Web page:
After assigning a bitmap to the button, by default, it is positioned in the middle center of the button. If the button is not equipped with a caption, this position can be ideal. If you are using both the caption and the picture, you can use the ImageAlign property, possibly in combination with the TextAlign property, to specify how the picture would be positioned with regards to the caption. The ImageAlign property also is based on the ContentAlignment enumerator.

 

The Flat Characteristics of a Button

A regular button displays with raised borders as originally set by the operating system. To give your button a fancy look and behavior, you can use the FlatStyle property. The FlatStyle property is based on an enumerator of the same name. It provides 4 values that are:

  • Flat: The button appears flat. When the mouse is over it, it becomes highlighted

  • Popup: The button appears flat. When the mouse is over it, the borders of the button are raised

  • Standard: The buttons appears and behave like all regular buttons you have seen

  • System: The appearance of the button depends on the operating system using it

 

The Dialog's Result

When the user clicks a button to close a dialog box, you must always know what button was clicked. The .NET Framework  provides a mechanism to help identify such a button. This is done through the DialogResult property. This property is based on the DialogResult enumerator.  The possible values of this property are: None, OK, Cancel, Abort, Retry, Ignore, Yes, and No.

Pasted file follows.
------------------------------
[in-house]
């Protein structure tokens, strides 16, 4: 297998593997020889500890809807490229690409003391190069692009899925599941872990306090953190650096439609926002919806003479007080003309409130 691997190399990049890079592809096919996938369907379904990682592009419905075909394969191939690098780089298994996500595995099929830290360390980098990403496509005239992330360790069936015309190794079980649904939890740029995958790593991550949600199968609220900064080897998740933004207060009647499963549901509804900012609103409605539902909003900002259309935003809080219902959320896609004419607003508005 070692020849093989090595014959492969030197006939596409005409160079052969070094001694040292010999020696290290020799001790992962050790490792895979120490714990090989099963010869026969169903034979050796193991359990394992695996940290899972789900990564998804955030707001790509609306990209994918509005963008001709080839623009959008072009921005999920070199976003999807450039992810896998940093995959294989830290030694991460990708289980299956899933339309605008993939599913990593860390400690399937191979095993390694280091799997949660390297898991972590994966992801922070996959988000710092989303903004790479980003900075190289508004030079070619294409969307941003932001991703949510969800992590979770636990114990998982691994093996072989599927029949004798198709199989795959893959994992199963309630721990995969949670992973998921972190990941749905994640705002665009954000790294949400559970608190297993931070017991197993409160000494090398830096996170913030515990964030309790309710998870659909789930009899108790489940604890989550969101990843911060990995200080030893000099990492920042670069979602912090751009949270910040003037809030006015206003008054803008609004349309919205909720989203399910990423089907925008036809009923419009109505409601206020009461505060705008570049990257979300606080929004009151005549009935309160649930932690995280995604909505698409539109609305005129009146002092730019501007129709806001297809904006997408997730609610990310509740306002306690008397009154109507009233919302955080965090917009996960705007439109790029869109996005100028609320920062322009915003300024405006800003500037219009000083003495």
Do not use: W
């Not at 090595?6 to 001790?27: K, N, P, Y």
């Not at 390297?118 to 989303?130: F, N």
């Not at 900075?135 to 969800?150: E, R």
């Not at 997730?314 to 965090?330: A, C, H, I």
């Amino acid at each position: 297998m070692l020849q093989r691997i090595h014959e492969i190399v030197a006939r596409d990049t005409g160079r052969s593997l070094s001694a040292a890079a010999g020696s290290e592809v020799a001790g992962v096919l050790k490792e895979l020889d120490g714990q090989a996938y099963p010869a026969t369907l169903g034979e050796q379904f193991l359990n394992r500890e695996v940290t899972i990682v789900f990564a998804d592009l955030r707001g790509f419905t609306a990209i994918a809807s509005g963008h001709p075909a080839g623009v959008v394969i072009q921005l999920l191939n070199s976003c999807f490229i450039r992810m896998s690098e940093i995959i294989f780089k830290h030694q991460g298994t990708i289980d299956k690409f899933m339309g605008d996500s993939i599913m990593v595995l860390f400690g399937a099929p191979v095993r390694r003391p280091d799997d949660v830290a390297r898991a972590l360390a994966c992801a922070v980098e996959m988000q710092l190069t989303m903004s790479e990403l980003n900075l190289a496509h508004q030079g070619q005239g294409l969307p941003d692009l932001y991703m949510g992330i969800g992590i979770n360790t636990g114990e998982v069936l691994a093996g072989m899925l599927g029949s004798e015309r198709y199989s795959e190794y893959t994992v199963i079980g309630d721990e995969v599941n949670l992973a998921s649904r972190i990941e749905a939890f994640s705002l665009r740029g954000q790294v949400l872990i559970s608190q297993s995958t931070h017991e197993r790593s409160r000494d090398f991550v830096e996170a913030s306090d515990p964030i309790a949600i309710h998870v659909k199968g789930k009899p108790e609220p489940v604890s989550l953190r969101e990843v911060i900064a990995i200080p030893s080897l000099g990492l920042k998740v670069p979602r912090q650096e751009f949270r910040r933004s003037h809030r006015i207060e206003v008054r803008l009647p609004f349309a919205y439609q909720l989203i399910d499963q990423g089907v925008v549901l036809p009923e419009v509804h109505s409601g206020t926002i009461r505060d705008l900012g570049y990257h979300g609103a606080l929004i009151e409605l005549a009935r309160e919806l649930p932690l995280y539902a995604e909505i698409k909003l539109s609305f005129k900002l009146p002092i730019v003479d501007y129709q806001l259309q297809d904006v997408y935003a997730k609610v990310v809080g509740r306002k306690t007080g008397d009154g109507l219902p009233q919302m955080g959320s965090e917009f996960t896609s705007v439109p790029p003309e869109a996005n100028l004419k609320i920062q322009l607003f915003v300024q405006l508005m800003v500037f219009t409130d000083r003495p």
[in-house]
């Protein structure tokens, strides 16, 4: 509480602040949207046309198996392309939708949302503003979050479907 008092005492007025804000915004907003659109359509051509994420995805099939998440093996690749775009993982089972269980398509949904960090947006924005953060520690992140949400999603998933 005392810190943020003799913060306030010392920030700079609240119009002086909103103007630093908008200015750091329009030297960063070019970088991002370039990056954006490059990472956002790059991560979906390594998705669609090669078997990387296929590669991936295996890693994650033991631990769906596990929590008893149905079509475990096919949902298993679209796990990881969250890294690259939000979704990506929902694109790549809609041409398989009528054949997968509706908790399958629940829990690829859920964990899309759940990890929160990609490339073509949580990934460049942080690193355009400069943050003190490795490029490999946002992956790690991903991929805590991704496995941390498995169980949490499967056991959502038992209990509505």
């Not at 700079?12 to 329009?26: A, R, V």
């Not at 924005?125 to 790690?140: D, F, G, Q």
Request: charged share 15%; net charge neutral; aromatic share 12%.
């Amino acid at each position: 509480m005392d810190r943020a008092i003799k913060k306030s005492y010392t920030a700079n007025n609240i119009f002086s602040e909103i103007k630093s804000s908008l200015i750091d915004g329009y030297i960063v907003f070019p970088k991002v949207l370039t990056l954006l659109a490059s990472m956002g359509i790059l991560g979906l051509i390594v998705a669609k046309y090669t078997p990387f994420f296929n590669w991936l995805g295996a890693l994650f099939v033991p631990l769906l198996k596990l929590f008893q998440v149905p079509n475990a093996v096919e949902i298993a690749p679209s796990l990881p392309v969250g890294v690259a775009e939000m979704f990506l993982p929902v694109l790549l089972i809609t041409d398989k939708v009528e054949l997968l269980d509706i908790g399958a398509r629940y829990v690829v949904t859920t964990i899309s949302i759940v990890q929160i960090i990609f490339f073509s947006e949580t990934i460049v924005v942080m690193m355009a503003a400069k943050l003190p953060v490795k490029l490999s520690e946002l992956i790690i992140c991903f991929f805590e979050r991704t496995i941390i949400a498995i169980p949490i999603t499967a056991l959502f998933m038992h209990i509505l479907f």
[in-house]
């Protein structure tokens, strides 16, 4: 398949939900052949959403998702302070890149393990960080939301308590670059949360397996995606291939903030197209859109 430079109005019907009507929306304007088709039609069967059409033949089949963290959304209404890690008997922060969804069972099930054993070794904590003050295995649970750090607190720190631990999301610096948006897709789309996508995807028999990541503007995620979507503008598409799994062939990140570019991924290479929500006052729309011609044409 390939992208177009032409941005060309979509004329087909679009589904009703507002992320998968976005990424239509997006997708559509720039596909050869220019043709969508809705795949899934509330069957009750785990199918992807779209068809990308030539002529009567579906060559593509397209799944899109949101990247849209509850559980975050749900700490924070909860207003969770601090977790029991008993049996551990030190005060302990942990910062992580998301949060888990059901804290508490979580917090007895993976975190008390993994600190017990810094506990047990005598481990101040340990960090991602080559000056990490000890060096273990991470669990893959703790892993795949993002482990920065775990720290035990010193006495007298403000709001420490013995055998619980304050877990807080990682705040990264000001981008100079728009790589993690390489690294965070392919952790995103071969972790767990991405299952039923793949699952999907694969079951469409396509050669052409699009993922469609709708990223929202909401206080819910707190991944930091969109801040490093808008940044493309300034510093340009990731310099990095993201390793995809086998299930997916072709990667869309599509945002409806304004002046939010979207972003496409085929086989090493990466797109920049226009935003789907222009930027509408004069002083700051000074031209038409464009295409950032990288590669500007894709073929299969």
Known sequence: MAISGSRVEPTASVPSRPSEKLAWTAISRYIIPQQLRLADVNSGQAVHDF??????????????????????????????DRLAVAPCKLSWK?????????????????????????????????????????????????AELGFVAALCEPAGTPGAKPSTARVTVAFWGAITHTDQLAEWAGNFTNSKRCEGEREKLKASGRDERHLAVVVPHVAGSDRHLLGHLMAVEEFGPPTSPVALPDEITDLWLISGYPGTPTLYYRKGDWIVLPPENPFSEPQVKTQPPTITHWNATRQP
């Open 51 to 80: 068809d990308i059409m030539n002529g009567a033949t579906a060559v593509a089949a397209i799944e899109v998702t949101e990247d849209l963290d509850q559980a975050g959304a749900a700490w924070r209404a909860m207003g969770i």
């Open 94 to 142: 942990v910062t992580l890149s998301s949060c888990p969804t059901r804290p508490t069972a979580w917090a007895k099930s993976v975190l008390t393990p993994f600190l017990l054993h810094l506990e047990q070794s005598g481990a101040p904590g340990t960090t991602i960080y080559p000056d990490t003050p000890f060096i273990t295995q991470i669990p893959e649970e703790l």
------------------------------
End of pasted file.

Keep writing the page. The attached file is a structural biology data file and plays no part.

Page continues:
Button Events

 

Click

Obviously the most important and the most intuitive event of a button occurs when clicked. This event is of type EventArgs, which indicates that it doesn't provide nor does it need any formal details about what is going on. To create this event, first implement the method that would carry its assignment, then increment-add (with the += operator) it to the Click property of the button by assigning it the EventHandler constructor. Here is an example:

using namespace System;
using namespace System::Drawing;
using namespace System::Windows::Forms;

class Exercise : Form
{
	Button btnResume;

	public Exercise()
	{
		this.InitializeComponent();
	}

	private void InitializeComponent()
	{
		btnResume = new Button();
		btnResume.Text = "Resume";
		btnResume.Location = new Point(32, 20);
		btnResume.Size = new System.Drawing.Size(120, 48);

		btnResume.Image = Image.FromFile("C:\\Program Files\\Microsoft Visual Studio .NET 2003\\Common7\\Graphics\\icons\\Office\\CRDFLE12.ICO");
		btnResume.ImageAlign = ContentAlignment.TopCenter;

		btnResume.TextAlign = ContentAlignment.BottomCenter;
		
		btnResume.Click += new EventHandler(btnResume_Click);
		this.Controls.Add(btnResume);
	}

	private void btnResume_Click(object sender, EventArgs e)
	{
		MessageBox.Show("Your employment application appear to be incomplete" +
						"\nPlease complete it first before clicking Resume");
	}

	static void Main()
	{
		Application.Run(new Exercise());
	}
}

This would produce: